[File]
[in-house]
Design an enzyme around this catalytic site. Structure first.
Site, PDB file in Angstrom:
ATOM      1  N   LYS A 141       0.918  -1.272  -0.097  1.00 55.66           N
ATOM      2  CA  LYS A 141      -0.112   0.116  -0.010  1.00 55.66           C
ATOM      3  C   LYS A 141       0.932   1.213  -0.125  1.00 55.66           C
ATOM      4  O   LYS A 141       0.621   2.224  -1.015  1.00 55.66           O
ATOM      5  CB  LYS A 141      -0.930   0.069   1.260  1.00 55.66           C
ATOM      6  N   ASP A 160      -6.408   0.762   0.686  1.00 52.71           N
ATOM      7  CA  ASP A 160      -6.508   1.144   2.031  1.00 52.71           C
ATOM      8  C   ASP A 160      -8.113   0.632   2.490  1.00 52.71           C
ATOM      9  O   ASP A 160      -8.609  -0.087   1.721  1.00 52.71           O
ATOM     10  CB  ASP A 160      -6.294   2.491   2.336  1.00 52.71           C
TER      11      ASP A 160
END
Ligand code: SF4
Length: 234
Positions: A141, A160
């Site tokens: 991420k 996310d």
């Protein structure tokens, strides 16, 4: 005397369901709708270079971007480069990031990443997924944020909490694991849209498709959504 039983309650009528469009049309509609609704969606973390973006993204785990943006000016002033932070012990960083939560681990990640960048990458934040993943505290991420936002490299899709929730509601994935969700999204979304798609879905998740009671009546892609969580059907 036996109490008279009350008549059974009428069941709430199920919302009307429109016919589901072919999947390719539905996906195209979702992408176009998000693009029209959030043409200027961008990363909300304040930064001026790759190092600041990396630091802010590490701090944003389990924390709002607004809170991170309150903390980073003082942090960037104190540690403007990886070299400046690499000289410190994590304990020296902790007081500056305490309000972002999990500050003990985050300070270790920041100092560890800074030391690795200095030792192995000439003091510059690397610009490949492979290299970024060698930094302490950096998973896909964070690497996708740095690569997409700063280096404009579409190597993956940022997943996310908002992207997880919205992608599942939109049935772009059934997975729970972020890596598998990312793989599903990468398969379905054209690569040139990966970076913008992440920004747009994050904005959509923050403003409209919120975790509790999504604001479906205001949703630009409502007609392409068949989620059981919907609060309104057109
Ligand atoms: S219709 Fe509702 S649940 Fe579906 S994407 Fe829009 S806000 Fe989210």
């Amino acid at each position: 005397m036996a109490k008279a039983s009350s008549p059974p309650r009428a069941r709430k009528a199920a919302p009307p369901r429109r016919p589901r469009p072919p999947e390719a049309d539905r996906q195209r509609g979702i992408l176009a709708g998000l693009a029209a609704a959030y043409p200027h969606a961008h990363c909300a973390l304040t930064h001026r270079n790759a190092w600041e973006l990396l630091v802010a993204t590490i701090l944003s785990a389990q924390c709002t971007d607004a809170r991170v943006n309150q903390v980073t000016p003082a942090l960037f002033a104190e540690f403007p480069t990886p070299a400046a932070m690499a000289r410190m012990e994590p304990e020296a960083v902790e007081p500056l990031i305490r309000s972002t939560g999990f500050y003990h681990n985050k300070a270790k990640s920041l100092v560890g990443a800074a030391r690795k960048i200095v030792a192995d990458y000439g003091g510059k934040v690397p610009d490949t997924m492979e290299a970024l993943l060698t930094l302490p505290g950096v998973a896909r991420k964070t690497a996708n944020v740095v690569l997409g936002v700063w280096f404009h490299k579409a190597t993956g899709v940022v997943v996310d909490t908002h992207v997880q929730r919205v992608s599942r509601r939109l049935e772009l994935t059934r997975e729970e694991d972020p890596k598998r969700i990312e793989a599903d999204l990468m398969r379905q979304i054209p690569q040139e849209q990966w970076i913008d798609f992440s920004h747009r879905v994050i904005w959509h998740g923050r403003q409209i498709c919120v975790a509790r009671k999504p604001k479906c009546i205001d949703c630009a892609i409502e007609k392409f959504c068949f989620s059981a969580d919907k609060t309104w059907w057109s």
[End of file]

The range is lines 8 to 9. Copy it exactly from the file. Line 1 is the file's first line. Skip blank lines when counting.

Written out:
ATOM      5  CB  LYS A 141      -0.930   0.069   1.260  1.00 55.66           C
ATOM      6  N   ASP A 160      -6.408   0.762   0.686  1.00 52.71           N